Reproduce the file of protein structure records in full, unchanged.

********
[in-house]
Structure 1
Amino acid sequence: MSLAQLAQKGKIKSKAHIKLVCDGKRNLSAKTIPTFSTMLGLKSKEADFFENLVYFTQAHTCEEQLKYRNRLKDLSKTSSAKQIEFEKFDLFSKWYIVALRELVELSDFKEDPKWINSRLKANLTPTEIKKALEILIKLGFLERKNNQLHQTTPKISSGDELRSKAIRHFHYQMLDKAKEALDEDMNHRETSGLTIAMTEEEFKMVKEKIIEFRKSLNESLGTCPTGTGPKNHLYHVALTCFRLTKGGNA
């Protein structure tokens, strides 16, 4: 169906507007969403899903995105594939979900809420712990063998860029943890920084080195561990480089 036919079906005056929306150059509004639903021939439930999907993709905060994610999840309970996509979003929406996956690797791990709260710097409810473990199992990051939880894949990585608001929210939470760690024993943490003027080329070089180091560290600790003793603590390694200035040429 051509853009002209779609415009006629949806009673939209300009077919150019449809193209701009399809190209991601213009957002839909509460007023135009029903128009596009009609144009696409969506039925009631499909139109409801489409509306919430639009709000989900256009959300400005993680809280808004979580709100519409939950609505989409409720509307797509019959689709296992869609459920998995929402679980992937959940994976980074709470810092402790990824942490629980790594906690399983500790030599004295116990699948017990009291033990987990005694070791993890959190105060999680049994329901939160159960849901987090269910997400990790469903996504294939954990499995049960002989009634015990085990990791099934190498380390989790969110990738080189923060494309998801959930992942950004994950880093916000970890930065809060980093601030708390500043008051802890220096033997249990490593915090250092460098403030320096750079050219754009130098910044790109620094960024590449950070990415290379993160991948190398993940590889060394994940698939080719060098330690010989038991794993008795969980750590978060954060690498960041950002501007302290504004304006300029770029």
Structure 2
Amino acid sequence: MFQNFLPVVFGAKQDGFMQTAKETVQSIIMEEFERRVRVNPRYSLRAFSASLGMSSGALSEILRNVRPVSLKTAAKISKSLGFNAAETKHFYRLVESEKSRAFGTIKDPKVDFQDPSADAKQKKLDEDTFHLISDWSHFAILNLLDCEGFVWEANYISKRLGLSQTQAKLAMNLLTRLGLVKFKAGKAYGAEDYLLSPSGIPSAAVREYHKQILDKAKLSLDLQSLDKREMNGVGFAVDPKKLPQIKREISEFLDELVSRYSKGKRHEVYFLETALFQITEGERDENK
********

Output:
[in-house]
Structure 1
Amino acid sequence: MSLAQLAQKGKIKSKAHIKLVCDGKRNLSAKTIPTFSTMLGLKSKEADFFENLVYFTQAHTCEEQLKYRNRLKDLSKTSSAKQIEFEKFDLFSKWYIVALRELVELSDFKEDPKWINSRLKANLTPTEIKKALEILIKLGFLERKNNQLHQTTPKISSGDELRSKAIRHFHYQMLDKAKEALDEDMNHRETSGLTIAMTEEEFKMVKEKIIEFRKSLNESLGTCPTGTGPKNHLYHVALTCFRLTKGGNA
């Protein structure tokens, strides 16, 4: 169906507007969403899903995105594939979900809420712990063998860029943890920084080195561990480089 036919079906005056929306150059509004639903021939439930999907993709905060994610999840309970996509979003929406996956690797791990709260710097409810473990199992990051939880894949990585608001929210939470760690024993943490003027080329070089180091560290600790003793603590390694200035040429 051509853009002209779609415009006629949806009673939209300009077919150019449809193209701009399809190209991601213009957002839909509460007023135009029903128009596009009609144009696409969506039925009631499909139109409801489409509306919430639009709000989900256009959300400005993680809280808004979580709100519409939950609505989409409720509307797509019959689709296992869609459920998995929402679980992937959940994976980074709470810092402790990824942490629980790594906690399983500790030599004295116990699948017990009291033990987990005694070791993890959190105060999680049994329901939160159960849901987090269910997400990790469903996504294939954990499995049960002989009634015990085990990791099934190498380390989790969110990738080189923060494309998801959930992942950004994950880093916000970890930065809060980093601030708390500043008051802890220096033997249990490593915090250092460098403030320096750079050219754009130098910044790109620094960024590449950070990415290379993160991948190398993940590889060394994940698939080719060098330690010989038991794993008795969980750590978060954060690498960041950002501007302290504004304006300029770029």
Structure 2
Amino acid sequence: MFQNFLPVVFGAKQDGFMQTAKETVQSIIMEEFERRVRVNPRYSLRAFSASLGMSSGALSEILRNVRPVSLKTAAKISKSLGFNAAETKHFYRLVESEKSRAFGTIKDPKVDFQDPSADAKQKKLDEDTFHLISDWSHFAILNLLDCEGFVWEANYISKRLGLSQTQAKLAMNLLTRLGLVKFKAGKAYGAEDYLLSPSGIPSAAVREYHKQILDKAKLSLDLQSLDKREMNGVGFAVDPKKLPQIKREISEFLDELVSRYSKGKRHEVYFLETALFQITEGERDENK